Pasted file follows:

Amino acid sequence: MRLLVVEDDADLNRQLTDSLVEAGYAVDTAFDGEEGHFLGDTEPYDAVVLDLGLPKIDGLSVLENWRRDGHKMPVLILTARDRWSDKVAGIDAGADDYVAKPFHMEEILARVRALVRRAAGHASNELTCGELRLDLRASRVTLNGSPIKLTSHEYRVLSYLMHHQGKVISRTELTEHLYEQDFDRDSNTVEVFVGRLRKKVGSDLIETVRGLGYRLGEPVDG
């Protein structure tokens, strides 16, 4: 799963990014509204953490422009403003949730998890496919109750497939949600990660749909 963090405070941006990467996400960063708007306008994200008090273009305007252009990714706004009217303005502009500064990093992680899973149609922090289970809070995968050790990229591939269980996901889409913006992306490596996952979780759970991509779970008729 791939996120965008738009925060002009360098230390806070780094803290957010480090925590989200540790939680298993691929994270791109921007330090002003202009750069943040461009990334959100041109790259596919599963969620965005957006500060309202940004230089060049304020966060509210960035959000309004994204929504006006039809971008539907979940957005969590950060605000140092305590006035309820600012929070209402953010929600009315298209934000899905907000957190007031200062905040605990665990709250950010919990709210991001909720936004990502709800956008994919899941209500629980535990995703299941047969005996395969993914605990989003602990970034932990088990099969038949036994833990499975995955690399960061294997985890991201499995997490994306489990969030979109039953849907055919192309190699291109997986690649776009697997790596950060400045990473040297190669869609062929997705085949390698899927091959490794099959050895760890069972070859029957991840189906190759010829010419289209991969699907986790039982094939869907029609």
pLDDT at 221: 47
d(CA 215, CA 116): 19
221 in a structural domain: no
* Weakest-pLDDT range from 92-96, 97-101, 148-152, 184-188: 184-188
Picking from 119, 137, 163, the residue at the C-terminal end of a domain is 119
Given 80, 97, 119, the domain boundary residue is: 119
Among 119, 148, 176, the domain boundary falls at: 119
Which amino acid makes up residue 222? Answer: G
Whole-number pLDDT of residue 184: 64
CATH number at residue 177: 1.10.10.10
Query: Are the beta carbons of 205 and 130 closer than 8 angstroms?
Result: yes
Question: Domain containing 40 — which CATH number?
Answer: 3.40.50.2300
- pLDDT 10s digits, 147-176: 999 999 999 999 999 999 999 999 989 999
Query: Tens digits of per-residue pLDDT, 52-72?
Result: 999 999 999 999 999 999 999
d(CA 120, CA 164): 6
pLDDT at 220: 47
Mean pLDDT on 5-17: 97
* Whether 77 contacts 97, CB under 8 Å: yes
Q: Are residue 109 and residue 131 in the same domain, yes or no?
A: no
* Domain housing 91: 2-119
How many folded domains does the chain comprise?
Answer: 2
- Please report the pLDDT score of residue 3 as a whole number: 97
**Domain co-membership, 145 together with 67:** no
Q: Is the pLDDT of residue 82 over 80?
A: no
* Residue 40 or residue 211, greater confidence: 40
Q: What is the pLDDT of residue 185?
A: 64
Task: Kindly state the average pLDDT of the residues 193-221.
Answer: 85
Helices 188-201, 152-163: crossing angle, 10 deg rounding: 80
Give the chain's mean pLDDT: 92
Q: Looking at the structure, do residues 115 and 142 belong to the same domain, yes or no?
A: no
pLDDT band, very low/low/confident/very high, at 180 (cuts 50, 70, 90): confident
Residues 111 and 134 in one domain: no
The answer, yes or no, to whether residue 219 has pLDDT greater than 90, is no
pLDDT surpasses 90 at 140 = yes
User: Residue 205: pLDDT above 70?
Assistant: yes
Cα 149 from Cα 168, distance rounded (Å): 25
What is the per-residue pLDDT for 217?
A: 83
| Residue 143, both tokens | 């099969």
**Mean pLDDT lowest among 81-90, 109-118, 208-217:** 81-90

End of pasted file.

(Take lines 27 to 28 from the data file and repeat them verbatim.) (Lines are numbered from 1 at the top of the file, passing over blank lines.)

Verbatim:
How many folded domains does the chain comprise?
Answer: 2